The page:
Meagher County, Montana 1870-1888

Meagher County extended from the Missouri River on the west to the Musselshell River on the east, and was sandwiched between Gallatin and Choteau Counties. It contained 20,000 square miles, embracing mountain ranges clothed in forest, and veined with mineral deposits, high grazing lands, and low agricultural lands. The valleys of the Judith, Musselshell, Smith, and Missouri Rivers aggregated 2,000 square miles. The population of the county in 1880 was 2,743. In 1884 its livestock was valued at 7,000.000; $750,000 being in horses. The mines of Meagher County by 1886 produced over $10,000,000 in gold from the gulches, while the

Madison County, Montana 1870-1888

Madison County, rendered forever famous as the district of country containing the Alder gulch of worldwide renown, 4,900 square miles in extent, had also a population of not more than 4,000 at the last census. It is a county rich in resources, chiefly mineral, although agricultural to a considerable degree. Its chief export was gold, while silver, copper, lead, iron, marble, coal, and other valuable minerals abound. The county owned in 1884 cattle, horses, and sheep valued at $1,800,000, and had 10 sawmills cutting 1,000,000 feet of lumber yearly, 2 grist-mills making 6,000 sacks of flour annually, besides raising 100,000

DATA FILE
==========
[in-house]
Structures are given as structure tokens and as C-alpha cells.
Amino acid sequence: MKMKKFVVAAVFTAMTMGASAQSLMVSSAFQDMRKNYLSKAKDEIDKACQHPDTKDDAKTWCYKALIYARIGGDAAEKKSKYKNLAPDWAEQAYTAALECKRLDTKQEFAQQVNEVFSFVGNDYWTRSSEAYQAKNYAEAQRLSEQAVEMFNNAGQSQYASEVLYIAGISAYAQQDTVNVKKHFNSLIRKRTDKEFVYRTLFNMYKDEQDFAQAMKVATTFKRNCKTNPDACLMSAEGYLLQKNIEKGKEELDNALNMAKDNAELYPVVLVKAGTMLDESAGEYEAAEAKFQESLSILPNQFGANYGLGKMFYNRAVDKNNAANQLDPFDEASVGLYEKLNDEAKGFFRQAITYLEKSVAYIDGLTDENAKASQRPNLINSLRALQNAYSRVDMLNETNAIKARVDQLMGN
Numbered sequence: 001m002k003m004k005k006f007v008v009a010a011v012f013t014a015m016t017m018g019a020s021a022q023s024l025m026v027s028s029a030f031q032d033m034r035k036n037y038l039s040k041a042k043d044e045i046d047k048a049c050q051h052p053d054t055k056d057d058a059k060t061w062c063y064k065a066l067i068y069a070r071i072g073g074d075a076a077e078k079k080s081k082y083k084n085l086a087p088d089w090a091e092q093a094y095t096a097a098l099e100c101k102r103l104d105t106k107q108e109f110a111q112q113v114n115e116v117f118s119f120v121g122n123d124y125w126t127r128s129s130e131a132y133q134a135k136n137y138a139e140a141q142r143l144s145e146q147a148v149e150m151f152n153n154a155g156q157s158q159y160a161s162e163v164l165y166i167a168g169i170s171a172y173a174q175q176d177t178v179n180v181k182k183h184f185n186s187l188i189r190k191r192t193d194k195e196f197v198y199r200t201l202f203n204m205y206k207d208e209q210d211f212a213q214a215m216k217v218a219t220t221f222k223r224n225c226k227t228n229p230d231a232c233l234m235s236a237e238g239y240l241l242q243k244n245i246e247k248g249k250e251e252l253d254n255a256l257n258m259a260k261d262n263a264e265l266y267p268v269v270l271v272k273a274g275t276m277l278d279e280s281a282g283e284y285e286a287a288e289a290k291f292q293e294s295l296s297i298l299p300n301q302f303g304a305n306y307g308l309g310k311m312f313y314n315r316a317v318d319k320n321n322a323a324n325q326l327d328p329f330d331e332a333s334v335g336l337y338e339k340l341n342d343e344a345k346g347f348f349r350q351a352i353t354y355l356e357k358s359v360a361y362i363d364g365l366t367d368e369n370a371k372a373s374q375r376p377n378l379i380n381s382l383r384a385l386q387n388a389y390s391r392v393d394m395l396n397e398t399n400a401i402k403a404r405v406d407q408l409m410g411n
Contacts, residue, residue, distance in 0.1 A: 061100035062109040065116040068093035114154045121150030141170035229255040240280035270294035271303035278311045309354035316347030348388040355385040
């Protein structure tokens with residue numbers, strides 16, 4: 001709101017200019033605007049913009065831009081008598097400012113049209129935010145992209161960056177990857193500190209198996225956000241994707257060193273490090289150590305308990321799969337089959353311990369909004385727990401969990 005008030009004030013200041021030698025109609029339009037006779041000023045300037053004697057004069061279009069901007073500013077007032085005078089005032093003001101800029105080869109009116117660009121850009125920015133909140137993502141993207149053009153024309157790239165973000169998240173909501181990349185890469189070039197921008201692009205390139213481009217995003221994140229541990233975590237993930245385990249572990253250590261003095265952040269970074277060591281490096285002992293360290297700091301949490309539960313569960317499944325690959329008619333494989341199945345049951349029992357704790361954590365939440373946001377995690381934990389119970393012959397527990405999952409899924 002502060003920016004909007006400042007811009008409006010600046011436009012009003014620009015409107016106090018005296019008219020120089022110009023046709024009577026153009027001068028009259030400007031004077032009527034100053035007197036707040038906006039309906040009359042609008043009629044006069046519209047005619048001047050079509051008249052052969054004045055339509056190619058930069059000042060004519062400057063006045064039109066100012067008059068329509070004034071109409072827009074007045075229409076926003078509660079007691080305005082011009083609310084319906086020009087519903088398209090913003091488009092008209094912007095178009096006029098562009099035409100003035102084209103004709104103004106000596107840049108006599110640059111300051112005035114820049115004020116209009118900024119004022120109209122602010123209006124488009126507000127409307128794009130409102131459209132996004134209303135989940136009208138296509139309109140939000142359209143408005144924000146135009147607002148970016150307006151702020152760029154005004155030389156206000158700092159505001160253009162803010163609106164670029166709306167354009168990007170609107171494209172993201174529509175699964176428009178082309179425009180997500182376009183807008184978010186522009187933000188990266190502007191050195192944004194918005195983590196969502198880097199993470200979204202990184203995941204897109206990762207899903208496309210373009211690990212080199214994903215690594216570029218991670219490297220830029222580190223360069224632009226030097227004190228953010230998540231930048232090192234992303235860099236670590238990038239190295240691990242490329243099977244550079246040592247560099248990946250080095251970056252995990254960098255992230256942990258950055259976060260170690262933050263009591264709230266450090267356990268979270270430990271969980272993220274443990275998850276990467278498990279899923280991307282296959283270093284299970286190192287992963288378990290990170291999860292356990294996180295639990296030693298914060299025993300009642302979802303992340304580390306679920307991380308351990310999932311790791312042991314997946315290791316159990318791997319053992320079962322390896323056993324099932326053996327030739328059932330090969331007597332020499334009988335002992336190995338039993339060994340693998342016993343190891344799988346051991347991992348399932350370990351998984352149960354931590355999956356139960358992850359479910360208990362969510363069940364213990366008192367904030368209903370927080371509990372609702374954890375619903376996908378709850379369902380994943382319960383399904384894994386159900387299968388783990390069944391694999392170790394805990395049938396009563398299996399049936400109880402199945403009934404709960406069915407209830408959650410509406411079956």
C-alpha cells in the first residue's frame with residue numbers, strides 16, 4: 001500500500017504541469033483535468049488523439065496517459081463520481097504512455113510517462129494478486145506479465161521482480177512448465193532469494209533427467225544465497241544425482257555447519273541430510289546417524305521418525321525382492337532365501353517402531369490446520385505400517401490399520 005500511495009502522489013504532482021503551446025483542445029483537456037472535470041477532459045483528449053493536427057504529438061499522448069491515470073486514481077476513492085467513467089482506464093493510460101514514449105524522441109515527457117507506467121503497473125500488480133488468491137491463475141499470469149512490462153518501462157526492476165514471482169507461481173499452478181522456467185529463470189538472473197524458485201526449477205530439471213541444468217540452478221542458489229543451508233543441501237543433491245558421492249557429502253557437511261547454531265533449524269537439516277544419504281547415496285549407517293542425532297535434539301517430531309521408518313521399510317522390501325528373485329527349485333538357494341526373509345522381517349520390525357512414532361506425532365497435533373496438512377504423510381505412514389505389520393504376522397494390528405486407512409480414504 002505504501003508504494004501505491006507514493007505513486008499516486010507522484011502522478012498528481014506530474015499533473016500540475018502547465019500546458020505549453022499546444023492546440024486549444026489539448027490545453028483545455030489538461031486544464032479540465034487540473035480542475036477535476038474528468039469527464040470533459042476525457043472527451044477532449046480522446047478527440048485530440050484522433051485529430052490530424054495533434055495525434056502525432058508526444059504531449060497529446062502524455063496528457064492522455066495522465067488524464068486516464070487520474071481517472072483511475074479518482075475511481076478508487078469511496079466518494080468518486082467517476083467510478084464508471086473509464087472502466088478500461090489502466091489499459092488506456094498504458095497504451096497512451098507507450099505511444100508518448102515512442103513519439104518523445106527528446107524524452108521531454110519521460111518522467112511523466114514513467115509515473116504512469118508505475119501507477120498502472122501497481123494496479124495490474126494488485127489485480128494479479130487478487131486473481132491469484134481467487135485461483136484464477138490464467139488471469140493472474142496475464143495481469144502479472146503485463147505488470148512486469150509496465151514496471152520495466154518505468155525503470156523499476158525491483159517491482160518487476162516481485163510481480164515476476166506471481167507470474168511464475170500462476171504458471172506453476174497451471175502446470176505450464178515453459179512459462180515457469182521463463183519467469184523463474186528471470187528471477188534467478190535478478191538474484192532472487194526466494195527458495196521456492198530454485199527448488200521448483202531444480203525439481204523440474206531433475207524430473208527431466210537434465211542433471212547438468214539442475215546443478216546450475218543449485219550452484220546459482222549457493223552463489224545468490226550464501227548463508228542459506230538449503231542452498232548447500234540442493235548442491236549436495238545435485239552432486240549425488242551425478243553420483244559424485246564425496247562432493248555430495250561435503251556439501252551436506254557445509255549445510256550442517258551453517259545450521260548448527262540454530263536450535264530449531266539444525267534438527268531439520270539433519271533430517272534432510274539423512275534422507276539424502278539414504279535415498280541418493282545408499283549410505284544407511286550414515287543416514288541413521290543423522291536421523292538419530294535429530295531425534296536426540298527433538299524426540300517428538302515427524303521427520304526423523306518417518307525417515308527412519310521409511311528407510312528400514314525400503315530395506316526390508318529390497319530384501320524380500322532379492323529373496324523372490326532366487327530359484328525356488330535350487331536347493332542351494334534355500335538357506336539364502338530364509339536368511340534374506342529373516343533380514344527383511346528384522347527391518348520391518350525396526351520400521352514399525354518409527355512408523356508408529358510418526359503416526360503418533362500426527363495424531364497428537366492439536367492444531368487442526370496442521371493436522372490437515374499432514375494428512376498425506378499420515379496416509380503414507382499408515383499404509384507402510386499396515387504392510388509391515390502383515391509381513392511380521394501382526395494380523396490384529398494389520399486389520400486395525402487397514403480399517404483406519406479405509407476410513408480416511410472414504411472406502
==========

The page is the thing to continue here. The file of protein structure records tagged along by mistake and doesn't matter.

Lewis and Clarke County, Montana 1870-1888

Lewis and Clarke County, occupying a central position, although comparatively small in extent, having only 2,900 square miles, was the second in population, its inhabitants numbering about 13,000, and its assessed valuation being in 1884 over $8,000,000. Its mines have already been spoken of. From 135 farms in Prickly Pear Valley was harvested, in 1878, 25,000 bushels of wheat, 40,000 bushels of oats, 15,000 bushels of barley, or an average of over 500 bushels of grain to every farm. Besides the grain crop, 7,000 tons of hay were harvested, over 300 tons of turnips and cabbages, 40,000 bushels of potatoes,